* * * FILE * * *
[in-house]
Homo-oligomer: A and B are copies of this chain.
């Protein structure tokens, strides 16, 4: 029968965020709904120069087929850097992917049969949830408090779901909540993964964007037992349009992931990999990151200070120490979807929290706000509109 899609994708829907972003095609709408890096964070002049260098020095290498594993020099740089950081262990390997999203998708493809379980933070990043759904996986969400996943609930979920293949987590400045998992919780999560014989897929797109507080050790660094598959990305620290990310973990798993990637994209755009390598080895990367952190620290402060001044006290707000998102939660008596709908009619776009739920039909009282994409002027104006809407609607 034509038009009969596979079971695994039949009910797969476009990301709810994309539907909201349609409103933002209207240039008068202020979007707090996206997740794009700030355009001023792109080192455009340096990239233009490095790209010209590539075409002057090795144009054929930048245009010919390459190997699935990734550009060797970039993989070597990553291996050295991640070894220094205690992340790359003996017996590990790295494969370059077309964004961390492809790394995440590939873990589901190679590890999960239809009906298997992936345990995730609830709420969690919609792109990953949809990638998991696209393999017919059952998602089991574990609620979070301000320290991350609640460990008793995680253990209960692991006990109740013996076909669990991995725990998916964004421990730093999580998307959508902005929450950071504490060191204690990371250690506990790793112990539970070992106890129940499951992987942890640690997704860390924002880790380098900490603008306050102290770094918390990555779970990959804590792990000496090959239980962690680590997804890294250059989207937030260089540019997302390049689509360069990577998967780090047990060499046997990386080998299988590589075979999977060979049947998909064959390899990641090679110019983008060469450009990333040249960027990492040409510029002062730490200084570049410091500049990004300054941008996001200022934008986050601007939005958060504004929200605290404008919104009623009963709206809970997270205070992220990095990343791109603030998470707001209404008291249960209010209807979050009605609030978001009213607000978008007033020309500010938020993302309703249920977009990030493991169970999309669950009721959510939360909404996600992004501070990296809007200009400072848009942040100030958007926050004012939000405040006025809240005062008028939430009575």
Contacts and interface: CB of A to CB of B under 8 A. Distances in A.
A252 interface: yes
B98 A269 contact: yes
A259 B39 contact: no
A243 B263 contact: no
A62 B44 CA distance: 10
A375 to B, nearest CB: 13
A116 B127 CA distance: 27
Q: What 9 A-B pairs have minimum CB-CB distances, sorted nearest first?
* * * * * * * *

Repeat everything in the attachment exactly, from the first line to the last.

[in-house]
Homo-oligomer: A and B are copies of this chain.
């Protein structure tokens, strides 16, 4: 029968965020709904120069087929850097992917049969949830408090779901909540993964964007037992349009992931990999990151200070120490979807929290706000509109 899609994708829907972003095609709408890096964070002049260098020095290498594993020099740089950081262990390997999203998708493809379980933070990043759904996986969400996943609930979920293949987590400045998992919780999560014989897929797109507080050790660094598959990305620290990310973990798993990637994209755009390598080895990367952190620290402060001044006290707000998102939660008596709908009619776009739920039909009282994409002027104006809407609607 034509038009009969596979079971695994039949009910797969476009990301709810994309539907909201349609409103933002209207240039008068202020979007707090996206997740794009700030355009001023792109080192455009340096990239233009490095790209010209590539075409002057090795144009054929930048245009010919390459190997699935990734550009060797970039993989070597990553291996050295991640070894220094205690992340790359003996017996590990790295494969370059077309964004961390492809790394995440590939873990589901190679590890999960239809009906298997992936345990995730609830709420969690919609792109990953949809990638998991696209393999017919059952998602089991574990609620979070301000320290991350609640460990008793995680253990209960692991006990109740013996076909669990991995725990998916964004421990730093999580998307959508902005929450950071504490060191204690990371250690506990790793112990539970070992106890129940499951992987942890640690997704860390924002880790380098900490603008306050102290770094918390990555779970990959804590792990000496090959239980962690680590997804890294250059989207937030260089540019997302390049689509360069990577998967780090047990060499046997990386080998299988590589075979999977060979049947998909064959390899990641090679110019983008060469450009990333040249960027990492040409510029002062730490200084570049410091500049990004300054941008996001200022934008986050601007939005958060504004929200605290404008919104009623009963709206809970997270205070992220990095990343791109603030998470707001209404008291249960209010209807979050009605609030978001009213607000978008007033020309500010938020993302309703249920977009990030493991169970999309669950009721959510939360909404996600992004501070990296809007200009400072848009942040100030958007926050004012939000405040006025809240005062008028939430009575």
Contacts and interface: CB of A to CB of B under 8 A. Distances in A.
A252 interface: yes
B98 A269 contact: yes
A259 B39 contact: no
A243 B263 contact: no
A62 B44 CA distance: 10
A375 to B, nearest CB: 13
A116 B127 CA distance: 27
Q: What 9 A-B pairs have minimum CB-CB distances, sorted nearest first?